Heat therapy is another effective osteopathic management option that can be applied to the patient after the inflammation has reduced. Heat can be used on the affected area for approximately twenty to thirty minutes at an interval of two to four hours, depending on the need. Heat contains analgesia, which is produced to relax the muscle spasms and nerve endings (Brantigham et al., 2011 p.340). Heat also reduces the synovial fluid viscosity, thus reducing the shoulder stiffness and facilitating motion. Additionally, heat increases the rate of blood flow and the process of vasodilation, thus ensuring that the affected part of the shoulder is supplied with adequate blood, leukocytes, oxygen, and enzymes. In addition to all these options, the patient should avoid anything or any activity that could aggravate the pain or inflammation in the affected area. The osteopathic therapist can also encourage the patient to exercise their affected muscle through the muscle energy technique, which helps contract the affected muscles (Veera et al., 2022 p. 7). The muscle energy technique effectively strengthens the patient’s muscles by reducing the swelling and numbness of the affected area (Santiago et al., 2022). With the guidance of the osteopathic therapist, the management options for patients with osteoarthritis can be effective. Osteopathic therapy encourages more effort on joint mobilization, which will increase blood flow on the affected area, decrease the pain, and ultimately promote movement (Mihara & Lee, 2015 p. 106).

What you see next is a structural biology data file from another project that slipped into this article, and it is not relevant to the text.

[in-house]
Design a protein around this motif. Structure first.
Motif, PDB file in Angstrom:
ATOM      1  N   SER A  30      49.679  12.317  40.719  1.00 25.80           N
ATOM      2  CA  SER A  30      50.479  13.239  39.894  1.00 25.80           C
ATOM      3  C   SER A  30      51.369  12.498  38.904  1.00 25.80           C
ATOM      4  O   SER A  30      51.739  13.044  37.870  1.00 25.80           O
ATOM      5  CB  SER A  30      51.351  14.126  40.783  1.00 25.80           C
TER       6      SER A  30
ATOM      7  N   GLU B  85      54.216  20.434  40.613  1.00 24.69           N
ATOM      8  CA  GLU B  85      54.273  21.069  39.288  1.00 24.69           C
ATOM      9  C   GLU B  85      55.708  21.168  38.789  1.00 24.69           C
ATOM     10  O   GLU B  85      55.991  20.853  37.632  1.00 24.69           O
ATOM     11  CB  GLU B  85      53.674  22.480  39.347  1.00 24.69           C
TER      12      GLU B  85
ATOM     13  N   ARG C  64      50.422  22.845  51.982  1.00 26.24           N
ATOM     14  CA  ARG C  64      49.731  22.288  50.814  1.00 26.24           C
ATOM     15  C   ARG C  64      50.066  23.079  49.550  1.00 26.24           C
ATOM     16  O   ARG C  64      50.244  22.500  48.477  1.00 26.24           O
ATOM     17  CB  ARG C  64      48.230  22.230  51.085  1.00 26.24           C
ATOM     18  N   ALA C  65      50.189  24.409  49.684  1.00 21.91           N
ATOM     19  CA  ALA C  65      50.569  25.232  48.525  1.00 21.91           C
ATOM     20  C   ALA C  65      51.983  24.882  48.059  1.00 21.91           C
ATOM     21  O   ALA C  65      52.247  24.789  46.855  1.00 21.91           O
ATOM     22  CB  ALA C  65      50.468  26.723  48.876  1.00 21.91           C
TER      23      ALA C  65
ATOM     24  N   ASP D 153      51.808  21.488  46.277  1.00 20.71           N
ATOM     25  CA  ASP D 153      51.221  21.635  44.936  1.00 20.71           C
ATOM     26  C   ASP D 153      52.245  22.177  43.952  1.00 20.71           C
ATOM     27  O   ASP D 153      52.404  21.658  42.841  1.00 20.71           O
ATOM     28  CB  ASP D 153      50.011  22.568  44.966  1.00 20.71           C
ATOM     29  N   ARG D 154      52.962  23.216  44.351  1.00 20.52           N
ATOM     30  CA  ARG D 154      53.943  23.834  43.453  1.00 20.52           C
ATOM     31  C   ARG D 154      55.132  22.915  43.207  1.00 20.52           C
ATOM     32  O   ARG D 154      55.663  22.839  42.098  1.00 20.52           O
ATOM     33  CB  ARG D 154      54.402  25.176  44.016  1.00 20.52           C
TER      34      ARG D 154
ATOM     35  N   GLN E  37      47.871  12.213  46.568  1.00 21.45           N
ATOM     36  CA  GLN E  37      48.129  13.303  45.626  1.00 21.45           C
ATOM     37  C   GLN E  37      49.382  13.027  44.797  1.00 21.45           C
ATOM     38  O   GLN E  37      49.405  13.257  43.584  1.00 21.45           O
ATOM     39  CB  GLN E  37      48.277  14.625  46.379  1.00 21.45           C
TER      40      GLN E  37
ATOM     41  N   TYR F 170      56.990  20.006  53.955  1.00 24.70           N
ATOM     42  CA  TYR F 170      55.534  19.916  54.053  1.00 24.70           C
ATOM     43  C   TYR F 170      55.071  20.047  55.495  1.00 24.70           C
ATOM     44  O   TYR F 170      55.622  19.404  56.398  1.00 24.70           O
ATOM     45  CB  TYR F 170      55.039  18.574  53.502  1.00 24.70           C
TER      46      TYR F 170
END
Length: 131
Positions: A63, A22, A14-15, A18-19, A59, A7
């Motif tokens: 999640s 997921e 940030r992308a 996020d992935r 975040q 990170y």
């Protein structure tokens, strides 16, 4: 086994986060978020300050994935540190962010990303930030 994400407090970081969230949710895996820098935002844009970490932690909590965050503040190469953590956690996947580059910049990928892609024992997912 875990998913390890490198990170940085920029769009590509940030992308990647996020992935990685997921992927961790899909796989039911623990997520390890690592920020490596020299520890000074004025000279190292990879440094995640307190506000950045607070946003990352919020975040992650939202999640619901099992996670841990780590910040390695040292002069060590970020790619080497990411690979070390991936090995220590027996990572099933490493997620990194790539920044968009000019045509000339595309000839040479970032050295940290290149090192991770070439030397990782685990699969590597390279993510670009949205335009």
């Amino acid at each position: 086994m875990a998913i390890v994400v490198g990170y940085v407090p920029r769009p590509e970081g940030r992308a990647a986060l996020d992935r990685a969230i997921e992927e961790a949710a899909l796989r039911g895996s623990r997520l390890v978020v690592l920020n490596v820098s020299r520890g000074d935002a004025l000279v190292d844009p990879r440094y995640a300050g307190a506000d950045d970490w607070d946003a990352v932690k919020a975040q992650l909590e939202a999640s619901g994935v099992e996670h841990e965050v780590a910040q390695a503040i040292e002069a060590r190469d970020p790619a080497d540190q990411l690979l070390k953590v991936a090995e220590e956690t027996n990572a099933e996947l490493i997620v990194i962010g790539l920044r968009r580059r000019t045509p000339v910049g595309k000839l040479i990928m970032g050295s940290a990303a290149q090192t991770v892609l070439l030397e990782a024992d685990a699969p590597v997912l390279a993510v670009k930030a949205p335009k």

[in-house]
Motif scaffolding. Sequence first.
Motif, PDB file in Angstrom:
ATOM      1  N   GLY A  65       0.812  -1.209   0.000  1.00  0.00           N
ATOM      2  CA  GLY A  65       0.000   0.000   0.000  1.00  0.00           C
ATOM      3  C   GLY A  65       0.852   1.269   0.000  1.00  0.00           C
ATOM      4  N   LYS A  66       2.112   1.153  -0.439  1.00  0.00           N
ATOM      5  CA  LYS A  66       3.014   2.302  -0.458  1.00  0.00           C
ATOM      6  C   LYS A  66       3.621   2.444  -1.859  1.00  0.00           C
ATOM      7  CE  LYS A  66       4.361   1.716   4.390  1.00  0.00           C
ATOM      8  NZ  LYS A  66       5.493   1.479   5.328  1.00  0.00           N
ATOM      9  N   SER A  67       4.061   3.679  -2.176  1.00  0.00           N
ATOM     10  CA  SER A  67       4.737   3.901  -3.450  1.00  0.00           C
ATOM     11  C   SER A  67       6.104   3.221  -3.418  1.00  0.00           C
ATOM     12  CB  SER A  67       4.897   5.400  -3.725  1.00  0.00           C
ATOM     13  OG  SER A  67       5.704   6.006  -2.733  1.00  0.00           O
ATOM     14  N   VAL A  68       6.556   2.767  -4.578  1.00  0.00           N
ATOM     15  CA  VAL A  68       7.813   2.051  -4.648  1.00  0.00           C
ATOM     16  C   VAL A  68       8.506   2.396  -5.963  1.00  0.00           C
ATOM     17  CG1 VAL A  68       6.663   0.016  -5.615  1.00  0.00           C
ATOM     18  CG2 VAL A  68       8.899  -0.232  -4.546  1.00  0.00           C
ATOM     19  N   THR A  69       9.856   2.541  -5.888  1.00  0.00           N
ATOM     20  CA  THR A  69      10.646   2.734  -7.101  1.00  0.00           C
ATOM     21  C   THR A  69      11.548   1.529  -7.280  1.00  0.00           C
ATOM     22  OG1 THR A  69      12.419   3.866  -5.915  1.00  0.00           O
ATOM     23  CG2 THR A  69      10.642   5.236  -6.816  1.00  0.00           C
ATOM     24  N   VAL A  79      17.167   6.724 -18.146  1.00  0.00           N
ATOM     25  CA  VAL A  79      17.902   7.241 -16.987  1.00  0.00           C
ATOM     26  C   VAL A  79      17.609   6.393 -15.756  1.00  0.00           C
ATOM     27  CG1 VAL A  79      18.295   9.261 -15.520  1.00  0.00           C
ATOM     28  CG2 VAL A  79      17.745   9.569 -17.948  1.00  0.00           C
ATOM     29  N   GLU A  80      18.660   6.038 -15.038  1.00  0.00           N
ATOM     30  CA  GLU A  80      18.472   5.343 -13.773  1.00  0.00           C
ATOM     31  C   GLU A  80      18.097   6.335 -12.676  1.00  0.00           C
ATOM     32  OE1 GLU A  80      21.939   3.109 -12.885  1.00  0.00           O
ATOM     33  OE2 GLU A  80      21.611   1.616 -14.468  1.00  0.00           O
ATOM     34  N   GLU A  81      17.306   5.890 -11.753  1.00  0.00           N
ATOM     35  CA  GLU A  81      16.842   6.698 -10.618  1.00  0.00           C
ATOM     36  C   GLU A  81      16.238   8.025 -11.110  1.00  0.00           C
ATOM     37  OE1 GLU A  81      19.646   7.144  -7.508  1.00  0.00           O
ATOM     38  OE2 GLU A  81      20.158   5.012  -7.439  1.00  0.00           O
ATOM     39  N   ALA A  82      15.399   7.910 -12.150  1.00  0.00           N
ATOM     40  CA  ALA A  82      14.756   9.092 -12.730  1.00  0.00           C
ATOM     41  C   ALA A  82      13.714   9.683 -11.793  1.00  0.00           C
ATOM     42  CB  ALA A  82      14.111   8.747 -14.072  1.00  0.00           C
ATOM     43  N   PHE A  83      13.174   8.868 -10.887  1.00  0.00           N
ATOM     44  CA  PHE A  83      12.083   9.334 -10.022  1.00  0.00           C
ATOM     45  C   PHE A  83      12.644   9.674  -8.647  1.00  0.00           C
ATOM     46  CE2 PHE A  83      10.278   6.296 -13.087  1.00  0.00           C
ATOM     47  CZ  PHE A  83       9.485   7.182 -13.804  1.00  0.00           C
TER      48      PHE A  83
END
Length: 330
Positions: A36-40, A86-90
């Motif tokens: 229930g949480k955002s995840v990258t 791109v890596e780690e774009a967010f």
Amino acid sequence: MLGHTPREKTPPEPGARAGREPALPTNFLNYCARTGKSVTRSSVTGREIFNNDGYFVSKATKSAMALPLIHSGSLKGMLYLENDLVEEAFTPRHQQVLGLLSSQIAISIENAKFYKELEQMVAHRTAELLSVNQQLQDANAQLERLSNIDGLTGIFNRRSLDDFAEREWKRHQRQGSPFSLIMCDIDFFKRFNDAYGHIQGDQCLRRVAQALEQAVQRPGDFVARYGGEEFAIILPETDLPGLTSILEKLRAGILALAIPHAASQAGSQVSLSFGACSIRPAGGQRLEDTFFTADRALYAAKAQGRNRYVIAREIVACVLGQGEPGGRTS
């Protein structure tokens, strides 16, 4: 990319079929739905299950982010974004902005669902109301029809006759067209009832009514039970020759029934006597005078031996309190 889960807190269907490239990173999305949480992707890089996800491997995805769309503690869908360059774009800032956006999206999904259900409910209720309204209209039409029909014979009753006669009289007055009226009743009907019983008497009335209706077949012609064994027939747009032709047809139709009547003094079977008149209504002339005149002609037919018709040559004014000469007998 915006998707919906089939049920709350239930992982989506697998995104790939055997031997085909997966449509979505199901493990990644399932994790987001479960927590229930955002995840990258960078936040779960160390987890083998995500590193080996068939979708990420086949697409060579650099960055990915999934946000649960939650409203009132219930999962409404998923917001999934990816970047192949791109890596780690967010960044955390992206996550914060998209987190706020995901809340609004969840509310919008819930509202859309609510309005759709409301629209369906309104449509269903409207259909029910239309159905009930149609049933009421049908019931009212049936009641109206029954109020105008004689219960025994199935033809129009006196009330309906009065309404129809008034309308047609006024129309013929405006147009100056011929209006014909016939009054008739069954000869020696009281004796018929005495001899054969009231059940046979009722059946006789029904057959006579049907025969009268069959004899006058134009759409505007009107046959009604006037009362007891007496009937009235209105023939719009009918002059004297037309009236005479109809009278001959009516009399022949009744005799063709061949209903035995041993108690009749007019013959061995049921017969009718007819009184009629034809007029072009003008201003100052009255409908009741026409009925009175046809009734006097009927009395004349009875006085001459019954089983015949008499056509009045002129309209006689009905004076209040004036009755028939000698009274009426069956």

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Campbell, S.M., Winkelmann, R.R. and Walkowski, S., 2012. Osteopathic manipulative treatment: novel application to dermatological disease. The Journal of Clinical and Aesthetic Dermatology, 5(10), p.24.

D’Amato, K.E. and Rogers, M., 2012. “Frozen Shoulder”—A Difficult Clinical Problem. Osteopathic Family Physician, 4(3), pp.72-80.

Ibounig, T., Simons, T., Launonen, A. and Paavola, M., 2020. Glenohumeral osteoarthritis: an overview of etiology and diagnostics. Scandinavian Journal of Surgery, p.1457496920935018.

Mihara, T. and Lee, T.Q., 2015. Clinical outcomes of superior capsule reconstruction for irreparable rotator cuff tears without osteoarthritis in the glenohumeral joint. Journal of Shoulder and Elbow Surgery, 24(4), pp.e107-e109.

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Santiago, R.J., Esteves, J.E., Baptista, J.S., Magalhães, A. and Costa, J.T., 2022. Results of a feasibility randomised controlled trial of osteopathy on neck-shoulder pain in computer users. Complementary Therapies in Clinical Practice, 46, p.101507.

Schwerla, F., Hinse, T., Klosterkamp, M., Schmitt, T., Rütz, M. and Resch, K.L., 2020. Osteopathic treatment of patients with shoulder pain. A pragmatic randomized controlled trial. Journal of Bodywork and Movement Therapies, 24(3), pp.21-28.

Thomas, M., Bidwai, A., Rangan, A., Rees, J.L., Brownson, P., Tennent, D., Connor, C. and Kulkarni, R., 2016. Glenohumeral osteoarthritis. Shoulder & elbow, 8(3), pp.203-214.

Veera, S., Chin, J., Kleyn, L., Spinelli, S. and Tafler, L., 2020. Use of osteopathic manipulation for treatment of chronic shoulder injury related to vaccine administration. Cureus, 12(7).